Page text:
Even if a fast is done more for corporeal than spiritual reasons, as in intermittent or interval fasting, it’s still good as a re-prioritization exercise.
Put in terms my fellow secular folk may appreciate: going without food for awhile puts petty little shit like your 6-month-out-of-date-iPhone into perspective.
So I like the whole concept of periodic, thoughtful abstaining – and not just for food.
Mr Money Mustache talks about modern middle-class life as an “exploding volcano of wastefulness,” and I tend to agree. Call it stuff gluttony – and I am as guilty in my participation as anyone.
Even my son is burnt out on consumerism. And he’s five. Last night as I was tucking him in, he broke down in tears: “Why did I have to get all this stuff for Christmas?!” he wailed. “It’s too hard to keep my room clean with all this stuff!”
It is now so easy to acquire things that things rarely confer long-term joy or prestige any more. Minimalism, mini-homes, and experiences-not-possessions: that’s where the smart trend-setters are headed.
To fight against stuff-gluttony, we do No Spend Month, a more-or-less annual tradition now. We’ve also done No Grocery Shopping month, No Car Week and Power Out Night where we shut down all electronics. These are all variations on fasting.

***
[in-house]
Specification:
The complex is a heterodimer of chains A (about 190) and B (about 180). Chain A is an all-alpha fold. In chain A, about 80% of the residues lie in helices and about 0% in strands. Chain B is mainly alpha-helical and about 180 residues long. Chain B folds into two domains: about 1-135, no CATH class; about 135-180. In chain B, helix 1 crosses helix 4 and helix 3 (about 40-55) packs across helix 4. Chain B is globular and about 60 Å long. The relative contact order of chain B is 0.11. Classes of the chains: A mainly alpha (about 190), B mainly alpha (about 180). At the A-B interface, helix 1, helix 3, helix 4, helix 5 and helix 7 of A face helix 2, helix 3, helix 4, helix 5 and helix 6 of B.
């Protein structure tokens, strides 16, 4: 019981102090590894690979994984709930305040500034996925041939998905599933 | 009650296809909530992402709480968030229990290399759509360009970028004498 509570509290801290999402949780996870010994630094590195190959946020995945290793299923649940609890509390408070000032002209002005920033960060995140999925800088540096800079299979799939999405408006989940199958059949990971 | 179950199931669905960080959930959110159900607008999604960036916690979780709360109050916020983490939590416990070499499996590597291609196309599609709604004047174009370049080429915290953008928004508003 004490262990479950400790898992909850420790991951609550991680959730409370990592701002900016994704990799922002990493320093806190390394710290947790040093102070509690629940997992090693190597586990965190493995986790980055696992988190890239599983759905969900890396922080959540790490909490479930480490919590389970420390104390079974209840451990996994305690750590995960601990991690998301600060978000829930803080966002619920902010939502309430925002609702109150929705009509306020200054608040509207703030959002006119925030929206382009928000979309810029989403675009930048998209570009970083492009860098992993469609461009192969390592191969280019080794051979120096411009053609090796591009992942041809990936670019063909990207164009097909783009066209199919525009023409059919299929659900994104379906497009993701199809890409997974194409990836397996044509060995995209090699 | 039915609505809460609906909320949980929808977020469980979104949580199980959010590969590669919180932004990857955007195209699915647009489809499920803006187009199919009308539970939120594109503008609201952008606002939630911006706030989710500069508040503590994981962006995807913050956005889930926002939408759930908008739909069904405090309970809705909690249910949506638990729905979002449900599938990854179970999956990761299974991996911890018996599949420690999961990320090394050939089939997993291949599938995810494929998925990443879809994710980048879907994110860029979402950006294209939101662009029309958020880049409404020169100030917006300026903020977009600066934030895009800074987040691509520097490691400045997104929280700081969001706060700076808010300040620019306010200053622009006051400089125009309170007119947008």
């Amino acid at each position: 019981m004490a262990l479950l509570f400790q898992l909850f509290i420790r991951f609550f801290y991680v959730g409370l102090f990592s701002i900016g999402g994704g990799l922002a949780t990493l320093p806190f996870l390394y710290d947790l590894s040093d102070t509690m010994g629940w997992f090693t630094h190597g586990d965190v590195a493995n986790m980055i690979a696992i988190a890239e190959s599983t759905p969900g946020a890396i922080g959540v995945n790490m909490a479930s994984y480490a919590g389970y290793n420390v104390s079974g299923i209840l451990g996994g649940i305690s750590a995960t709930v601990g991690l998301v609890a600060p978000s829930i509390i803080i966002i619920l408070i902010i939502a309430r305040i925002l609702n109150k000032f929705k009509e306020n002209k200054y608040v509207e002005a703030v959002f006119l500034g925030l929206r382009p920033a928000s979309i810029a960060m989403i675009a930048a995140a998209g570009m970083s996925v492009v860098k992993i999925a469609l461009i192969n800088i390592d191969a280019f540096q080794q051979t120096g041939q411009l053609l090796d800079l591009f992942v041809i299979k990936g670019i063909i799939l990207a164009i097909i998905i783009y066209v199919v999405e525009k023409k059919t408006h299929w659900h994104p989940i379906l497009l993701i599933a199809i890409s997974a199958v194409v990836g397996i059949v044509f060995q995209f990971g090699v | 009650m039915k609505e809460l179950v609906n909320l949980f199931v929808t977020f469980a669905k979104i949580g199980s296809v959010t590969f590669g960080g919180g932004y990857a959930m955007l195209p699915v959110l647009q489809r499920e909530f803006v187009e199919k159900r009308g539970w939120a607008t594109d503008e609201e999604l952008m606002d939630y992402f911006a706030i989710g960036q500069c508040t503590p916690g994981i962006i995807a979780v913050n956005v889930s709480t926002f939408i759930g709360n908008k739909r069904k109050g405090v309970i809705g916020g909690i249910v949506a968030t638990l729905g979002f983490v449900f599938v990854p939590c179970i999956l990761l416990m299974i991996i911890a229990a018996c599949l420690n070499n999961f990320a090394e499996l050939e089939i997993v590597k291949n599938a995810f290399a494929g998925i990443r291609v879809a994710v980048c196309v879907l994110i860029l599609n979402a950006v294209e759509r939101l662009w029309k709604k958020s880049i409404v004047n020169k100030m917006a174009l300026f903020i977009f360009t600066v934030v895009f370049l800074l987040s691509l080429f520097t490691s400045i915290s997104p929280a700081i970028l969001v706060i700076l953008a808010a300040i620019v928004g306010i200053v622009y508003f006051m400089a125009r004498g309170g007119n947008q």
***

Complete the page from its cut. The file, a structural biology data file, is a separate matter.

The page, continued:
In general, I think that if a little hardship doesn’t find us, it’s healthy to go out and meet it periodically, just to keep our sense of proportion properly calibrated.
Voluntarily and temporarily giving up luxuries to which we have grown accustomed re-sets our hedonic treadmill. It makes it easier to see the exploding volcano for what it is and appreciate what we have.
*check with your doctor, this is not medical advice, don’t do anything stupid, blah, blah, blah.
Giving Up Alcohol For Lent
Since religions so rarely agree amongst themselves, I think we should pay attention to the core concept when they do.
As you know, I am not a religious person, but to honor the value in so many of the fasting traditions, I am giving up one of my more obscene indulgences for the Lenten Fast.
I know. I know, I almost don’t want to say it out loud to all you guys because then I actually have to do it.
I think I’ve made it pretty clear how much I enjoy my cocktails. But it wouldn’t be much of a challenge to give up bubble tea (which I hate) would it?
And anyway, I’ve given up drinking for 9 months at a stretch before and managed (got a couple of cute kids for my effort, too). So 40-ish days should be doable.
In some ways of course I’m dreading this alcohol fast. I really like a good homebrew (or gimlet, or pinot). In other ways I’m really looking forward to it. Adding up the calories, impact on my sleep quality, cost of the booze – I know that taking a break from drinking will do me well.
But I can pretty much guarantee Easter will be mimosas and chocolate bunnies all day long.
Do you ever fast for any reason – personal, spiritual or physical? Are you giving anything up for Lent?0